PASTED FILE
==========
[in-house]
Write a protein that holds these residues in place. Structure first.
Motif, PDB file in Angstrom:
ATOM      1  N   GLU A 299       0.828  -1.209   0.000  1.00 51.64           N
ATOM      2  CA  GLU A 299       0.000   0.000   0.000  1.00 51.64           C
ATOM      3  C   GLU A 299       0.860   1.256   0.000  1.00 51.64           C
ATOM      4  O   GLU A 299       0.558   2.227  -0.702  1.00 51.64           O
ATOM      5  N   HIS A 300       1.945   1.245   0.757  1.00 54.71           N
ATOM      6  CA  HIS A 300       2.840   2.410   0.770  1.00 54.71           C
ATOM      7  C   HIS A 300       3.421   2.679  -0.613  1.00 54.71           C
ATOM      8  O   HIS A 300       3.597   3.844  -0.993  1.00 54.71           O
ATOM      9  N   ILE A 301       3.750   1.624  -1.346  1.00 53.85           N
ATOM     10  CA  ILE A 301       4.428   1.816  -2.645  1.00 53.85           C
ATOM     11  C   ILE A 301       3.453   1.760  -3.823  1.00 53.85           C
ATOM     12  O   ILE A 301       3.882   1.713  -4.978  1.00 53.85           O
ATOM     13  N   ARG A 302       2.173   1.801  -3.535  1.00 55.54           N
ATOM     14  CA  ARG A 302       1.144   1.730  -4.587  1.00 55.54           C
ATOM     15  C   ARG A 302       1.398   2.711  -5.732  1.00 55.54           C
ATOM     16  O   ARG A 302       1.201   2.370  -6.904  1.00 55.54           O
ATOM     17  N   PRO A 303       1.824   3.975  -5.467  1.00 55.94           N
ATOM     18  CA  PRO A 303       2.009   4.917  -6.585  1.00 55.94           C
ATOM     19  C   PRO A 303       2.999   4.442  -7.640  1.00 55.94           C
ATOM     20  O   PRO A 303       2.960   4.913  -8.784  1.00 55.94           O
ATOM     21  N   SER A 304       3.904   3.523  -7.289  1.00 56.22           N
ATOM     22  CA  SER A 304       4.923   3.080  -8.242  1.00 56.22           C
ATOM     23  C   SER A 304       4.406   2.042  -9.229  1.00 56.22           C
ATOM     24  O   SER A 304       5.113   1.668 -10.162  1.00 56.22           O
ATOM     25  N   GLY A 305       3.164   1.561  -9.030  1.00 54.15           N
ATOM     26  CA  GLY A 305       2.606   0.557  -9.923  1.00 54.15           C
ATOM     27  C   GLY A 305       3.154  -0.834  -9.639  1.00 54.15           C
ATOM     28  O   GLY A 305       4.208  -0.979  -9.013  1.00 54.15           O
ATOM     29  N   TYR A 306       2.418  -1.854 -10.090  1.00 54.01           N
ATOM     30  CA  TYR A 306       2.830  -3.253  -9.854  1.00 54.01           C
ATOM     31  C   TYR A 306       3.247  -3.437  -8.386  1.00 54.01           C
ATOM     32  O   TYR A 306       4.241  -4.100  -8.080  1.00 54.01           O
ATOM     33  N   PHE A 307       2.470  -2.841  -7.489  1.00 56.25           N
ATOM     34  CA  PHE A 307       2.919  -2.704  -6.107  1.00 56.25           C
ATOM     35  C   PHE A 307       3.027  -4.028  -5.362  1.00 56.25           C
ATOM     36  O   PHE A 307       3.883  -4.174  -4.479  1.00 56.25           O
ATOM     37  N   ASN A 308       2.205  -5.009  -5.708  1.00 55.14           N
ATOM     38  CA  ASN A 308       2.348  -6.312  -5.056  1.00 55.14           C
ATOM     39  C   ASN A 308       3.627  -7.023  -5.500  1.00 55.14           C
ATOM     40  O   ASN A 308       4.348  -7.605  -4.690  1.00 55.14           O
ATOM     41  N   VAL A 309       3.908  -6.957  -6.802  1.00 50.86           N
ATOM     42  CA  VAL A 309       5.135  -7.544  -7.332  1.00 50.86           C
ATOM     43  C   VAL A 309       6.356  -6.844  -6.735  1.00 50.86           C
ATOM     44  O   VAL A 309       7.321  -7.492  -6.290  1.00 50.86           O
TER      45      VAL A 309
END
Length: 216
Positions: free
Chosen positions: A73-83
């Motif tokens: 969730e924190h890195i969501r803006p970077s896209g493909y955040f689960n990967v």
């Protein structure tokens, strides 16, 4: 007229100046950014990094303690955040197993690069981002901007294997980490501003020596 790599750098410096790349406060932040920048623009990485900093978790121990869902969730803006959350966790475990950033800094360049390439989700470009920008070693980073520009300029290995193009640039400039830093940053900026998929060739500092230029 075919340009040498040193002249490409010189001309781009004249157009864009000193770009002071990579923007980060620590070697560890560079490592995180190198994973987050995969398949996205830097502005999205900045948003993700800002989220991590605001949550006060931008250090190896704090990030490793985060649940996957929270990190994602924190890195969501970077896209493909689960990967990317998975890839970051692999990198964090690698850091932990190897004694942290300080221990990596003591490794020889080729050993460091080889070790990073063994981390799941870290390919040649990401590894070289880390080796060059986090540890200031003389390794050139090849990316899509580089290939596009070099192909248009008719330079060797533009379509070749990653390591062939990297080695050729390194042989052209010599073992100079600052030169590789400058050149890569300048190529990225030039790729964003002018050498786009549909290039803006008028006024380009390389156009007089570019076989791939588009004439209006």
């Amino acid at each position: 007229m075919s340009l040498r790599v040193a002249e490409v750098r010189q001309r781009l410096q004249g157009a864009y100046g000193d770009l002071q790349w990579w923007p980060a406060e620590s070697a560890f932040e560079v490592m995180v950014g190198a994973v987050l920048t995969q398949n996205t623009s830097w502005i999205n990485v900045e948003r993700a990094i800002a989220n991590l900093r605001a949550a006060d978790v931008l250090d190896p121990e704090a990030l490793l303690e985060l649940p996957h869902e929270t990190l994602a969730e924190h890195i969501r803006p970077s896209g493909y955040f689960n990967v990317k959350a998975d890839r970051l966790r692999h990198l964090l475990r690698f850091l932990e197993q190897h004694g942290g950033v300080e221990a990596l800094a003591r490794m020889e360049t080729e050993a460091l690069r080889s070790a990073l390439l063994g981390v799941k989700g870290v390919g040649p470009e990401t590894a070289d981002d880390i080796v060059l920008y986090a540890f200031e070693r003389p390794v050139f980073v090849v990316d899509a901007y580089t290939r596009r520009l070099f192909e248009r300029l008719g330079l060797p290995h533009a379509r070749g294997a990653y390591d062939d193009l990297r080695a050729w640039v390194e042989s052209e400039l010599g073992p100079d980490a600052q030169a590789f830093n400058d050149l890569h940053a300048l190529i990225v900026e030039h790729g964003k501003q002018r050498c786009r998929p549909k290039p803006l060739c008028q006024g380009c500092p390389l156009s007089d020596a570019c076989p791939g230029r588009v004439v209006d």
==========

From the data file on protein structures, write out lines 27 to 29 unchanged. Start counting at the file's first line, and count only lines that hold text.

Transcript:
ATOM     24  O   SER A 304       5.113   1.668 -10.162  1.00 56.22           O
ATOM     25  N   GLY A 305       3.164   1.561  -9.030  1.00 54.15           N
ATOM     26  CA  GLY A 305       2.606   0.557  -9.923  1.00 54.15           C